Youngstown Early College boasts 100 percent graduation rate
By Denise Dick
When the Youngstown City Schools have topped a list in recent memory, it hasn’t been for a good reason.
While many city district schools continue to struggle with low test scores, one school defies that trend.
The latest example of Youngstown Early College’s achievement is its ranking among Ohio’s urban high schools by four-year graduation rate.
YEC’s is 100 percent, putting it at the top of the list that was compiled by the Fordham Institute, a conservative education think tank.
Monica Jones, YEC principal and dean, believes the school’s size – 238 students – plays a role in its achievement.
“The small-school model works,” she said,
The data is from 2014.
Housed in Youngstown State University’s Fedor Hall, YEC allows students to earn college credit in college classes while still in high school.
As ninth- and 10th-graders, YEC students complete most of their high-school course work. They spend the bulk of their time during their high-school junior and senior years on the YSU campus, taking college classes.
They accomplish that through block scheduling.
Ninth-graders, for example, take English 1 one semester and English 2 the following semester, rather than taking the first level of English as freshmen and the second during their sophomore year.
The overall city school district four-year graduation rate hovers at about 67.8 percent with Chaney and East high schools at 83 percent and 64.3 percent, respectively.
YEC students come from the same neighborhoods and circumstances as their counterparts at the other two high schools. To be admitted, students must pass state tests with a proficient score and maintain good behavior and come to school. But YEC doesn’t select only high-achieving students.
“We’re not taking just the high-achieving students – although we do get them,” Jones said.
What’s more important is that the students meet the requirements once enrolled.
Shyann Green and Rachelle Bennett, both 17 and YEC seniors, will graduate this spring with their associate degrees.
Both applied to YEC as eighth-graders because they believed it would provide better opportunities for them.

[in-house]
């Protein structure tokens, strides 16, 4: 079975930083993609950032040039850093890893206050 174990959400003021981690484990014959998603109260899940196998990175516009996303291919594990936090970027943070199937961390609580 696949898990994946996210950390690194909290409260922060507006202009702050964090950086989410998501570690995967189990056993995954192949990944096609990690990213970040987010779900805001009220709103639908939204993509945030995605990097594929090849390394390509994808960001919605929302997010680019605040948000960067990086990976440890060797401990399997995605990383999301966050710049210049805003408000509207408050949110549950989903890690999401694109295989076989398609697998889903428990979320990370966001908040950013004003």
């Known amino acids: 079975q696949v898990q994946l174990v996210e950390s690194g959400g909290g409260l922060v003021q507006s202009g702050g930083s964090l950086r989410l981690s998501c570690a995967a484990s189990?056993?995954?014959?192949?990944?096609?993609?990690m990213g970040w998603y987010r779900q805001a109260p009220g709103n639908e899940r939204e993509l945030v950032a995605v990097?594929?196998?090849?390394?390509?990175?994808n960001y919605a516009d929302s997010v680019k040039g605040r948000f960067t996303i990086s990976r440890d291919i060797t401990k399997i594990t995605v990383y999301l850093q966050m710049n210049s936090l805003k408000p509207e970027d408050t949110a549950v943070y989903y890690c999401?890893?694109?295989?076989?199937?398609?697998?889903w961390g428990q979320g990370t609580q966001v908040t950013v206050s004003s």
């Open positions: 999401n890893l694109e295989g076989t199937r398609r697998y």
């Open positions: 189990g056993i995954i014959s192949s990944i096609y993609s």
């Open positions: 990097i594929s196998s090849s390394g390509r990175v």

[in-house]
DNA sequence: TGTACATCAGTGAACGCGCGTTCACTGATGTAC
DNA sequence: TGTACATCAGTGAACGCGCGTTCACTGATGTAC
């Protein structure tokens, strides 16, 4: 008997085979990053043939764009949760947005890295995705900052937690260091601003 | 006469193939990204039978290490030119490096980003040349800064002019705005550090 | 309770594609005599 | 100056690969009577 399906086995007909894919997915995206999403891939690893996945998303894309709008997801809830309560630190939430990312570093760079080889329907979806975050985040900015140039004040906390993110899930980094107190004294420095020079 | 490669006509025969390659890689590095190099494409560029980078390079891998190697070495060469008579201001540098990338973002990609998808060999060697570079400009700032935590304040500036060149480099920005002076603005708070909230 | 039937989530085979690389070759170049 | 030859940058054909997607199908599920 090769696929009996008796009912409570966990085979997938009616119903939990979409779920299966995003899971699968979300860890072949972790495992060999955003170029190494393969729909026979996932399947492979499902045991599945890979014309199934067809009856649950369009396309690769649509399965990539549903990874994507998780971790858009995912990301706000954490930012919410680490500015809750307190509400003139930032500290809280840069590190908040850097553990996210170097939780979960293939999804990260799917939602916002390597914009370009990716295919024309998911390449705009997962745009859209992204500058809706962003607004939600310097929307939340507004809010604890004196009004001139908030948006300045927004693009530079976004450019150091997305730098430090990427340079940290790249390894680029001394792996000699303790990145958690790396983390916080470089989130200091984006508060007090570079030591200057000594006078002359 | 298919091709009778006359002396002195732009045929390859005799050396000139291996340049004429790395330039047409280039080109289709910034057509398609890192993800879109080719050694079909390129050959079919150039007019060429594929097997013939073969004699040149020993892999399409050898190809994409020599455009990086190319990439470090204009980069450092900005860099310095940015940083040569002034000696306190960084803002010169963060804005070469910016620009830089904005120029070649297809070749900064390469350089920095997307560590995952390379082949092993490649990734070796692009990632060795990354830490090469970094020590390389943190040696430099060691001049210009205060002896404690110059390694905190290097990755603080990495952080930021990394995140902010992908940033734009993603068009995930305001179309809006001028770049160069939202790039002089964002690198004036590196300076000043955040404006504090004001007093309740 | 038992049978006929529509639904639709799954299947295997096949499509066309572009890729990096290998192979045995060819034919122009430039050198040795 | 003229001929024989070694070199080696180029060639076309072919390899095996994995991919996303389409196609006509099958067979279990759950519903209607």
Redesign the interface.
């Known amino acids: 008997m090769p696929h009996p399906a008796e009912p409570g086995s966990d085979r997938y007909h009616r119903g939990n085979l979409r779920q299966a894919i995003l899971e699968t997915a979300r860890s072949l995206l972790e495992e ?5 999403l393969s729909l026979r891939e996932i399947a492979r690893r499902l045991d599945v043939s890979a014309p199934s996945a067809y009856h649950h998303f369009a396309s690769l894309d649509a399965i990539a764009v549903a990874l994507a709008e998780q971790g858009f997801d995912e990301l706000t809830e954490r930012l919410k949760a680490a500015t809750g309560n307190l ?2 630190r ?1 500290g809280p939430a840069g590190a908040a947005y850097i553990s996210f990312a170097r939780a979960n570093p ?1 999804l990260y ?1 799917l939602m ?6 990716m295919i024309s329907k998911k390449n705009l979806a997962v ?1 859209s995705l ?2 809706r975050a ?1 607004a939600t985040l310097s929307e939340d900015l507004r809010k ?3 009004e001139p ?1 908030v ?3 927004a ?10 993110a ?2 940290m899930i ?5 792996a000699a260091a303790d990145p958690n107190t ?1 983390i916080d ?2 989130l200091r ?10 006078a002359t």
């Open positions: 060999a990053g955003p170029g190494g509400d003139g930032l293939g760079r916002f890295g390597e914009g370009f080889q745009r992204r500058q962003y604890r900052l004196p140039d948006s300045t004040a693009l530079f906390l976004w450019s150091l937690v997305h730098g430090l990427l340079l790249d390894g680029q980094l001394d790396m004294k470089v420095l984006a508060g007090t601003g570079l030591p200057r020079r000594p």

“I thought it was a great option,” Shyann said. “I could earn an associate degree in my last two years of high school.”
Though the program is accelerated, both girls say it’s manageable.
“I just study more,” Rachelle said.
Rachelle plans to enter YSU to pursue a bachelor’s degree in nursing.
Shyann is studying anthropology and is on track to earn her bachelor’s degree next year. She wants to continue her education and ultimately secure a doctorate.
Besides the small-school element, Jones lists high expectations as a factor in YEC students’ achievement.
Teachers, administrators and staff expect students to perform well, she said. If school personnel don’t believe in students and their ability to succeed, students know that.
“They are expected to graduate,” Jones said. That’s just the understanding.
“We don’t even talk about that,” the principal said.
They’re also expected to be college-ready and to continue in school and earn their bachelor’s degrees.
The school provides layered interventions in a supportive environment.
All 12 of the school’s teachers meet regularly with administrators to assess students individually to determine where they may need guidance or extra help. YSU or Eastern Gateway Community College professors teach the college courses.
“We talk about every student,” Jones said.
It allows school personnel to coordinate approaches and share information, allowing them to recognize students who may need extra help.
Juniors are teamed with academic coaches and academic coordinators to help them navigate college. Those coaches and advisers act as liaisons between high school and college for those students.
YEC students have the opportunity to earn an associate degree from either YSU or EGCC upon graduating high school. But that’s not guaranteed.
“This year, we have 30 students who will earn an associate’s out of 50 seniors,” Jones said. “That’s a high for us.”
In 2008, four students earned their degree, and the average has been 12 to 16 students.
Over the years, YEC personnel have worked with YSU and EGCC officials to ensure YEC students are prepared to enter college classes.
“We have what we call Fast Track,” Jones said. “Ninth- and 10th-graders go out on campus with a mentor or a coach.”
They meet with advisers weekly.
Jones expects numbers to increase when those changes have been in effect longer.
“We’ll start to see the fruit of that,” she said.